Lending statistics from the Bank of England and FCA show a rise in total lending in quarter two this year, seemingly fuelled by greater levels of higher loan-to-value (LTV) and loan-to-income (LTI) loans. These are traditionally the preserve of the first-time buyer.
Indeed, this type of lending rose to over a fifth of all business, with high LTV lending increasing quarter-on-quarter from 43.9% to 45.1%, while the number of loans above 90% LTV also ticked up.
Overall, it appears first-timers are in a stronger position than they have been for some time.
This conclusion has also been borne out by AmTrust’s own quarterly LTV Tracker which looks at the cost of higher LTV loans for first-timers and also reviews the number of product options available to them.
Strong competition helping
The good news is that strong competition in the mortgage market is finally impacting on the cost of high (95%) LTV loans, with the average rate coming down by a significant 35 basis points.
This means the rate/cost differential between those who can only secure a 5% deposit and those who can put down 25%, has noticeably narrowed.
Whereas previously those in the high LTV bracket could expect to pay 66% more than their lower LTV counterparts, that has now dropped down to just over 50%.
That is certainly a big gap, and one that could clearly make all the difference in terms of mortgage affordability and securing the home, but it is at least going in the right direction.
Product numbers too are benefiting from more lenders being active and competitive in the high LTV space.
For the three scenarios we test product numbers went up across the board. In some circumstances depending on term and type, the numbers reached three figures for the first time.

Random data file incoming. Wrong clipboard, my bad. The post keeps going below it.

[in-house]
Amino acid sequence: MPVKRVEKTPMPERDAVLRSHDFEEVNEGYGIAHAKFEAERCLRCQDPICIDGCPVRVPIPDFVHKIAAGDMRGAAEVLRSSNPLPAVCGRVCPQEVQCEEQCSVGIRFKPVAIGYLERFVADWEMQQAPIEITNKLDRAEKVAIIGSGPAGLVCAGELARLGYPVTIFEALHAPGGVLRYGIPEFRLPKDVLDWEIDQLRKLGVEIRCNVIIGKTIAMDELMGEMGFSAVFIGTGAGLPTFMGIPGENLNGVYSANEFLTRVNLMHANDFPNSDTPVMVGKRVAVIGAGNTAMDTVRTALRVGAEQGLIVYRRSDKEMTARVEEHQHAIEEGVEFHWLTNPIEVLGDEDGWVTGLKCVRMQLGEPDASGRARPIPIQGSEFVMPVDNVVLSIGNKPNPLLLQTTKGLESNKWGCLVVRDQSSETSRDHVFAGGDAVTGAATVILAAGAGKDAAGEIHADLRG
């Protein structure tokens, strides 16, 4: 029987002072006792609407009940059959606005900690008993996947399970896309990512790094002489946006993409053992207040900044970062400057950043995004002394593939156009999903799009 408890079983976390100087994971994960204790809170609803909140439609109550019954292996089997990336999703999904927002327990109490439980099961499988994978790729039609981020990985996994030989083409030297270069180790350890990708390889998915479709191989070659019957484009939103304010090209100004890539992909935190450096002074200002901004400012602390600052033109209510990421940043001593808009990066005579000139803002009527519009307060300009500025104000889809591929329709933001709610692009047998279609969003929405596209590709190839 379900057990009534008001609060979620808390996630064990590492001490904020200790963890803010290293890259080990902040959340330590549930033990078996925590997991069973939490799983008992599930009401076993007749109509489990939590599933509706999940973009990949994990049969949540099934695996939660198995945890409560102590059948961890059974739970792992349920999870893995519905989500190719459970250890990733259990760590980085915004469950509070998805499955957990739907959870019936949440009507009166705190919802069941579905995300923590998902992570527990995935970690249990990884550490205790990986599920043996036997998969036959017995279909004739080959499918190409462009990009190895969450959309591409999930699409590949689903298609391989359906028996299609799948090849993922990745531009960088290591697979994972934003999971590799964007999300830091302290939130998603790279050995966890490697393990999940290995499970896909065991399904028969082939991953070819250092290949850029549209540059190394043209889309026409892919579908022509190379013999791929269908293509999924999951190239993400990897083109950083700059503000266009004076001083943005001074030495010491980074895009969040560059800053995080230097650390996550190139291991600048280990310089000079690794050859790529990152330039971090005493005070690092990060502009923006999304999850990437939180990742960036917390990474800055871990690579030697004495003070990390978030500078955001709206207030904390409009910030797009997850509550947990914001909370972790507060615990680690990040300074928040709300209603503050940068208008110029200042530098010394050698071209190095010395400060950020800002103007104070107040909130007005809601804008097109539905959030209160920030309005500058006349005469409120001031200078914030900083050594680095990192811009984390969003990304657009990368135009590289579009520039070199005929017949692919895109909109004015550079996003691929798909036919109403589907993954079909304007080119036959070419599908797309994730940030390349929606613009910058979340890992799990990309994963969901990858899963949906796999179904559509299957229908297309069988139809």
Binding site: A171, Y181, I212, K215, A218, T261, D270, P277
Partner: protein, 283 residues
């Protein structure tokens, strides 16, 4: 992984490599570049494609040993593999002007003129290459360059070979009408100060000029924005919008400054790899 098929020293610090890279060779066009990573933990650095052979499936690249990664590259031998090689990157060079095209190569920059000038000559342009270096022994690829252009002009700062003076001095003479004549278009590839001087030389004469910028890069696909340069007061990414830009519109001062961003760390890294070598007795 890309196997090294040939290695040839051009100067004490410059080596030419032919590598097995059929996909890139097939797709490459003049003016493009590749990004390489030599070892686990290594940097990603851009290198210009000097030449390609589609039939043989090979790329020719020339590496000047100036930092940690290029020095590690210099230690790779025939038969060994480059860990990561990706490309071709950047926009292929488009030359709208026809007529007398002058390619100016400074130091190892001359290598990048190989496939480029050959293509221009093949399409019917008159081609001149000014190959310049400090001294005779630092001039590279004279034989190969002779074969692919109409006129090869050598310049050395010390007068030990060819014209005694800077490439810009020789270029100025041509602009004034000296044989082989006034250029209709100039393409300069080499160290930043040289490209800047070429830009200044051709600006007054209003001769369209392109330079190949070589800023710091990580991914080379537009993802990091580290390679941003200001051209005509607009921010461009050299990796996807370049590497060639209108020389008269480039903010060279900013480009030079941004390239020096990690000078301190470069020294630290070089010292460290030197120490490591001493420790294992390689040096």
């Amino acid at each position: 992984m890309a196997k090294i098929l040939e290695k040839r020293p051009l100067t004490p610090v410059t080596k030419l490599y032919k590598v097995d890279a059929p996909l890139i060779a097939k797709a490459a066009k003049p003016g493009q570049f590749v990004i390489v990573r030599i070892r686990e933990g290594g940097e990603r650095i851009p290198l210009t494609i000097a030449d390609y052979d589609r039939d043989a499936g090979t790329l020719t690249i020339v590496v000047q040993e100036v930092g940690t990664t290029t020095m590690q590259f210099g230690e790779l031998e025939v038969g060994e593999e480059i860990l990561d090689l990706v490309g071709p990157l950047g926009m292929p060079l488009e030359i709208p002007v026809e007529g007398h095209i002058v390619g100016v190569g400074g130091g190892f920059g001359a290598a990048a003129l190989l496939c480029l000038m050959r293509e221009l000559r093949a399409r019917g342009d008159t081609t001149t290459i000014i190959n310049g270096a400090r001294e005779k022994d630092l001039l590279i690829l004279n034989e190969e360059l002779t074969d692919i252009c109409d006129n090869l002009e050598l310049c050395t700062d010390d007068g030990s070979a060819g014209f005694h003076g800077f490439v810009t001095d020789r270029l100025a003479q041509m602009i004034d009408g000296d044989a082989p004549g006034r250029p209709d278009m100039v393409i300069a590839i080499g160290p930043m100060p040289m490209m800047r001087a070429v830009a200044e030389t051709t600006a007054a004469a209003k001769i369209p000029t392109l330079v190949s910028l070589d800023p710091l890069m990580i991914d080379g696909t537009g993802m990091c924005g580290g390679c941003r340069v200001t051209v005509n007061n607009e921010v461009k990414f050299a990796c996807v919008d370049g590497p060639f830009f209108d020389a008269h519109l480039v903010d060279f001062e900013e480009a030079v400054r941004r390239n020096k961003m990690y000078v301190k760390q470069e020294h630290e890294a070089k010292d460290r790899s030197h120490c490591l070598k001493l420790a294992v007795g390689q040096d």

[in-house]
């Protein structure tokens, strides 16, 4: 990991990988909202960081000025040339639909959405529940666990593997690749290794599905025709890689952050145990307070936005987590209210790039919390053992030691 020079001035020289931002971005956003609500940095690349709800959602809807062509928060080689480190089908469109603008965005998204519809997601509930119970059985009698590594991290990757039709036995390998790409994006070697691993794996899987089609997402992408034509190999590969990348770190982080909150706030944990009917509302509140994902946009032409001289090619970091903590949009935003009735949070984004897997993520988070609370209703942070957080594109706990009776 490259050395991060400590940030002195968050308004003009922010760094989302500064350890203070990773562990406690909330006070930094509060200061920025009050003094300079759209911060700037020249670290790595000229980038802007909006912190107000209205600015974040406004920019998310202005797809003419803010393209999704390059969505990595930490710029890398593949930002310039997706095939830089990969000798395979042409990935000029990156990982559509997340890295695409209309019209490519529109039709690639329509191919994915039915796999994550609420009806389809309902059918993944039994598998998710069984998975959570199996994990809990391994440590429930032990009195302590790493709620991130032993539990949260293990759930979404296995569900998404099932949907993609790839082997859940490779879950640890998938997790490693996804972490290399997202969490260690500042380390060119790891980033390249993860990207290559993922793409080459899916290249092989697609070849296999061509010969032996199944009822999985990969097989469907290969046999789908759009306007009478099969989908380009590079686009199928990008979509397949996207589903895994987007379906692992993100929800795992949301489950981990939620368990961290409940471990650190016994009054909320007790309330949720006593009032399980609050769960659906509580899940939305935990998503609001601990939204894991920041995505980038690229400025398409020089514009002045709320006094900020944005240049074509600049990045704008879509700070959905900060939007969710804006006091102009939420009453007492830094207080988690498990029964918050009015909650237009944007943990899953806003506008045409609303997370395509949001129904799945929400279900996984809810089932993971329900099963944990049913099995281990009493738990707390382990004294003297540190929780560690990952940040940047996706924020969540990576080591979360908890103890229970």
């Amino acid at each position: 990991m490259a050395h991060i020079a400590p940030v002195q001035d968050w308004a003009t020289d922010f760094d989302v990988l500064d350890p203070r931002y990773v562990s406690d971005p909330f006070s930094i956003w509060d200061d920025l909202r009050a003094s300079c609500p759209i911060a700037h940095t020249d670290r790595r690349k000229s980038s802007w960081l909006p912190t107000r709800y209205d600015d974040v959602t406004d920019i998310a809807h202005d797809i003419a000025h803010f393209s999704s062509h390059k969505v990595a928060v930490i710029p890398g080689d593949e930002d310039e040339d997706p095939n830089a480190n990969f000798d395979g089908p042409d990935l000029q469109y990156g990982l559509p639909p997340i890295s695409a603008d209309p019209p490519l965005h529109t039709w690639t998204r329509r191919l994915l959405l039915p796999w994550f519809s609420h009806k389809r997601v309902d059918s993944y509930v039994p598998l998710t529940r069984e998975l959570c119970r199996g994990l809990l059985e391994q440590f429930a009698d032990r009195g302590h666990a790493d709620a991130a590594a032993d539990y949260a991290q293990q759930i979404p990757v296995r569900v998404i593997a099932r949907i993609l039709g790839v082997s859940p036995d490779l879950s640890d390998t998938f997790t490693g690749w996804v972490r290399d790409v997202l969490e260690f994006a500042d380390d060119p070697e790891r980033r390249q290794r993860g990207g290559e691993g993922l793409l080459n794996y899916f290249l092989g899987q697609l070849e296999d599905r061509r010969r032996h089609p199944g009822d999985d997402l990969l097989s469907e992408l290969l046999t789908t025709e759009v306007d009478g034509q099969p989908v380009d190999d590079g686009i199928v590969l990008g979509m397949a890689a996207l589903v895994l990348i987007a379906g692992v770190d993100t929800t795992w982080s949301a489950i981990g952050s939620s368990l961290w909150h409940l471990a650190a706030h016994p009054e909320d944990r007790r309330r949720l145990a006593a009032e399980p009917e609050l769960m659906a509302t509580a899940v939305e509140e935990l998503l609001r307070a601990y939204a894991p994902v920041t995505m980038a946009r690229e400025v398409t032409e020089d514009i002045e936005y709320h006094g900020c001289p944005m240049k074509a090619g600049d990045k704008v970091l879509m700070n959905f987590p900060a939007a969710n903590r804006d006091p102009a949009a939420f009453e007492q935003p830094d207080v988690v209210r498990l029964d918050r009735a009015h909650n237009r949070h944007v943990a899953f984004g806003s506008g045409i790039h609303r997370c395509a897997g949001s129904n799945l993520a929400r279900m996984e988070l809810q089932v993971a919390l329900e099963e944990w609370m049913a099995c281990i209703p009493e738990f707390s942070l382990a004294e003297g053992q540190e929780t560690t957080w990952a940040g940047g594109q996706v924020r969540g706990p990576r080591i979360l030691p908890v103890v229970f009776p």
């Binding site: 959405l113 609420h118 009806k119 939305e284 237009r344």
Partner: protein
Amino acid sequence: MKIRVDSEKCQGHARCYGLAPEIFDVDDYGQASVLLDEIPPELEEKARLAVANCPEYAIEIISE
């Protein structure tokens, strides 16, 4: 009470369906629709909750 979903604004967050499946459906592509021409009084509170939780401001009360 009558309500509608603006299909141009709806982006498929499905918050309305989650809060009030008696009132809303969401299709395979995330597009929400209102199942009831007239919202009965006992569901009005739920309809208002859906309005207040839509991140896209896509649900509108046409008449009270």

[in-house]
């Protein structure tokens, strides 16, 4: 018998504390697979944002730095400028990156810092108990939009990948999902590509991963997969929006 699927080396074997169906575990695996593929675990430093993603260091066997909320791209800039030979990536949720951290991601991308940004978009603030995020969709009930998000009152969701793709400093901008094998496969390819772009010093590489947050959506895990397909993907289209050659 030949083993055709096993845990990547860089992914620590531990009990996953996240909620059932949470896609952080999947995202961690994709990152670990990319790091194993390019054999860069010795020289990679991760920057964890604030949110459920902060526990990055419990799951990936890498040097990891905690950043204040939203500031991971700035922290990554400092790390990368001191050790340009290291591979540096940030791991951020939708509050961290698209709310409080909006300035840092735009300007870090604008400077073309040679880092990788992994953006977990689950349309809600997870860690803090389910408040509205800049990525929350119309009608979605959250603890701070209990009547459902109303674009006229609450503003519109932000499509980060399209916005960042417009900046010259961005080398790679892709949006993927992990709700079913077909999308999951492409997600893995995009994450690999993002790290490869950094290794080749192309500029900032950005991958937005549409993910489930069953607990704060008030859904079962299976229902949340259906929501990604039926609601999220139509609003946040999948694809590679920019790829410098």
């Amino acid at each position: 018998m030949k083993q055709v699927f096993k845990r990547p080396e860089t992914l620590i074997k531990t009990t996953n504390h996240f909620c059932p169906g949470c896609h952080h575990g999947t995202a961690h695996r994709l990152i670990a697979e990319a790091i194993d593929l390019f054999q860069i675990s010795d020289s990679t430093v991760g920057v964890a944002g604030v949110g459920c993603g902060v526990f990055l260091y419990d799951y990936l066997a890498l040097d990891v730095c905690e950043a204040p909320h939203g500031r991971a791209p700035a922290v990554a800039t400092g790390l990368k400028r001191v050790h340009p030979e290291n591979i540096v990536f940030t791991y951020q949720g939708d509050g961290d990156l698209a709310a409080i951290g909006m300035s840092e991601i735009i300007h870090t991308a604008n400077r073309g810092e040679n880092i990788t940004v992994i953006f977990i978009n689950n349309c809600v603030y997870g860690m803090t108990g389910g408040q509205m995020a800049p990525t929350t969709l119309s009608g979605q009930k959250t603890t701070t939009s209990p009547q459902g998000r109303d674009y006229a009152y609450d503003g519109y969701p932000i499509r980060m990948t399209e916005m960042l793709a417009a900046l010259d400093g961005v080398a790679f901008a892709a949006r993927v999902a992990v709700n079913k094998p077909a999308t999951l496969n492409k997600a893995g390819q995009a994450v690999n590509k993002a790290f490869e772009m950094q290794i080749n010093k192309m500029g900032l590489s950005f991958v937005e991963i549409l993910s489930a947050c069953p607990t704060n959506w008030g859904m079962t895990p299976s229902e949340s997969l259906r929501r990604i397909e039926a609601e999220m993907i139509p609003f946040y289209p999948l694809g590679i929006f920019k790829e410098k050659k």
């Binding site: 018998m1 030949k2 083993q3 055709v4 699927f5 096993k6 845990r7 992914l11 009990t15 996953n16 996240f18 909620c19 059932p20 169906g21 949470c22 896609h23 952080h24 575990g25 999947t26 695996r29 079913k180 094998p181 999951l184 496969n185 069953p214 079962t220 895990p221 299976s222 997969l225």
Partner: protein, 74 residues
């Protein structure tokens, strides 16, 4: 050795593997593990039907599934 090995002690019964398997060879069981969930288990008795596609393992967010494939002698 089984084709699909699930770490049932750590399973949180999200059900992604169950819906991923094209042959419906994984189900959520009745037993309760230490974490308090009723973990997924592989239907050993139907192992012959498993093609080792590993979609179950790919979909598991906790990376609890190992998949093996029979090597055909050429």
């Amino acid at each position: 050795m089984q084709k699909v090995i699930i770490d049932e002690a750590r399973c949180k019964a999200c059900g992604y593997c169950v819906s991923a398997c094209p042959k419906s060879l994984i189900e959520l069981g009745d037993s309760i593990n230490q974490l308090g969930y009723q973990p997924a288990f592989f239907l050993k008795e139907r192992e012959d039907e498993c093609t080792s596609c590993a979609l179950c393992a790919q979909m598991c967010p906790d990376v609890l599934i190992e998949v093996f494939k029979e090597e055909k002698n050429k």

Again, when compared to the thousands of products available to lower LTV borrowers it does not seem like much progress has been made, but given in previous iterations of the Tracker the products on offer barely made it into double digits, you can see how far the market has come.
Best chance in a decade
Overall, it’s still the case that first-timers with small deposits can consider themselves behind the eight ball.
Let’s not forget that offering a product does not necessarily translate into lending activity and many of these lenders will only have limited tranches of funding available to a borrower demographic they consider to be higher risk.
But, if the client can put together 5% deposit and meet the affordability criteria, then it seems like they have a much better chance of securing a property than at any time over the past decade.
Extending the Help to Buy Scheme to 2023 will also help, as will more challengers and specialists eyeing up the first-time buyer market and more traditional lenders willing to offer higher LTV loans. More can always be done but it’s fair to say that, given recent history, it’s a positive to be moving in the right direction – long may this continue.